I first became genuinely interested in horseracing while reading Laura Hillenbrand’s superb book about Seabiscuit. Now, John Christgau explores the dark side of the sport of kings in The Gambler and the Bug Boy, an account of a notorious race-fixing scheme operated by a group of professional gamblers and bookmakers in late 1930s California.
And what a tale it is! Many of the characters in this non-fiction book could have stepped out of a pulp fiction novel. The head of the ring was a flashy operator who called himself Big Mooney (real name, Bernard Einstoss), the son of a grocer who took to gambling from an early age and made it his life’s work. In association with other crooks – his brother Willie, “Doc” Kebo, Irving Sangbush, to name a few – Big Mooney struck upon the idea of paying jockeys to pull horses during races at Hollywood Park and Del Mar in order to improve his percentages. When simple bribery didn’t work, however, he made ominous threats, which he carried out on a number of occasions.
…one night in mid-April [jockey Albert Siler] came out of a bar in South San Francisco, where he had gone with another Tanforan jockey who had refused to pull horses. On the street, the two of them were jumped by figures twice their size. The other jockey chose to stand and fight, but Albert eluded them by running up a hillside into a dark pocket of eucalyptus trees where he hid out. From that safe point, he watched as the thugs, whoever they were, overwhelmed the other jockey and dragged him beneath a streetlight. There, they picked him up by his feet and hammered him repeatedly against the light post. Then they left him lying in a broken heap on the pavement.The jockeys were easy targets. Most of them were young men – mere boys, really – who had grown up in poverty and had turned to racing in order to support their families. The book focuses on one particular “bug boy”, Albert Siler (apprentice riders had an asterisk by their names in the racing forms, hence the slang expression). He was the son of a hardscrabble farmer who drifted around the western dustbowl, from failure to failure. The one joy of Albert’s life as a boy was riding horses. Graduating from mules and plow-horses to ponies at county fairs and bush league racetracks, Albert finally journeyed to California, where he eventually became a very promising jockey. Young and deferential, he was the natural prey for Big Mooney. Albert didn’t want to pull horses, but he finally succumbed to the threats and began throwing races on Mooney’s orders (not always successfully; some horses were just too good to lose).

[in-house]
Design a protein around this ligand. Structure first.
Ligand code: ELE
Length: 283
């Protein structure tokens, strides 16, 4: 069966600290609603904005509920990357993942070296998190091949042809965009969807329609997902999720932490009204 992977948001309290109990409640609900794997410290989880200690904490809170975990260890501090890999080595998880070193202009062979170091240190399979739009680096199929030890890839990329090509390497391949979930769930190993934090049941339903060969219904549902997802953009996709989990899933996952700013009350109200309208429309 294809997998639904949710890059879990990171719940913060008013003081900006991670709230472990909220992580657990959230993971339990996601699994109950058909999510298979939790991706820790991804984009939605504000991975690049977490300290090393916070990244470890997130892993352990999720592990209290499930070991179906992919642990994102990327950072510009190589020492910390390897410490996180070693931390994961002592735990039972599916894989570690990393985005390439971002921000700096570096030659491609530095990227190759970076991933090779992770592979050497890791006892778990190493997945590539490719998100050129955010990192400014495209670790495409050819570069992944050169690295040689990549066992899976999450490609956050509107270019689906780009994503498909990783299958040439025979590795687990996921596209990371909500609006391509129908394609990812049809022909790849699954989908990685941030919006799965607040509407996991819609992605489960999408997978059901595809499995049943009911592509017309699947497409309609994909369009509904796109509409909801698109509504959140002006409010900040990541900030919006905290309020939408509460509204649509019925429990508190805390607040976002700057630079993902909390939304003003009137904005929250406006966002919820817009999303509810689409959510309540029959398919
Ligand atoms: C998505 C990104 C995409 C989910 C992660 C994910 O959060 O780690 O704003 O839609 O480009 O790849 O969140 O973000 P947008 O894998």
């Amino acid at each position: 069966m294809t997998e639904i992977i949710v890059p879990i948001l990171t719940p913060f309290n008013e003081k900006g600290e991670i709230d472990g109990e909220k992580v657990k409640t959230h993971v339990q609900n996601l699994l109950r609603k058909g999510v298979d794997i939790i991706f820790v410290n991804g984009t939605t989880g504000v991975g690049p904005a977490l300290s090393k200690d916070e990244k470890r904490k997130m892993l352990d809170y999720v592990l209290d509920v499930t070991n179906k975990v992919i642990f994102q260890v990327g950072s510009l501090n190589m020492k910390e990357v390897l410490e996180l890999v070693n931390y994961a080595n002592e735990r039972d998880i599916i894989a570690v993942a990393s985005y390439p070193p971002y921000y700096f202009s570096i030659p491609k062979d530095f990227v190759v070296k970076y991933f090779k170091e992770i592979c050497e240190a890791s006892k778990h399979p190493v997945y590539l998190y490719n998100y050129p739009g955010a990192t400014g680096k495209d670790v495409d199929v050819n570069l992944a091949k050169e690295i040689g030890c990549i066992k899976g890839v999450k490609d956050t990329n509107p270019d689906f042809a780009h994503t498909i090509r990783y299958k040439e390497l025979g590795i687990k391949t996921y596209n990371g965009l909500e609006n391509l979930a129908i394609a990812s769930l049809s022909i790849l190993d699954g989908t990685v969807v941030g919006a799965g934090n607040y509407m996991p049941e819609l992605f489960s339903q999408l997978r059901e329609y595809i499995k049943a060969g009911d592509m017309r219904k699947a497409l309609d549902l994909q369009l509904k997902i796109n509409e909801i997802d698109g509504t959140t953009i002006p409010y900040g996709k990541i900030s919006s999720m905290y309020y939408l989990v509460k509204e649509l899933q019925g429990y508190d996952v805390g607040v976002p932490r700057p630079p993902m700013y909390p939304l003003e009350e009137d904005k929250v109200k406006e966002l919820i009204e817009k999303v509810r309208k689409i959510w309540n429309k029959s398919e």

The jockeys’ ring eventually came to the attention of sharp-eyed race stewards and the L.A. County District Attorney, Burron Fitts (a colorful character in his own right). Fitts was determined to put the fixers out of business, and worked for months building a case against Mooney and company. Fitts was defeated in an election preceding the trial by John Dockweiler. Dockweiler continued the hot pursuit of Mooney and his gang, however, finally managing to bring them to trial, which, unfortunately, was bungled (Mooney was convicted of some relatively minor offenses and served less than a year in jail).
Christgau has done a fine job in throwing a spotlight on this obscure corner of sports history, and the book is, as well, an interesting window on pre-War America.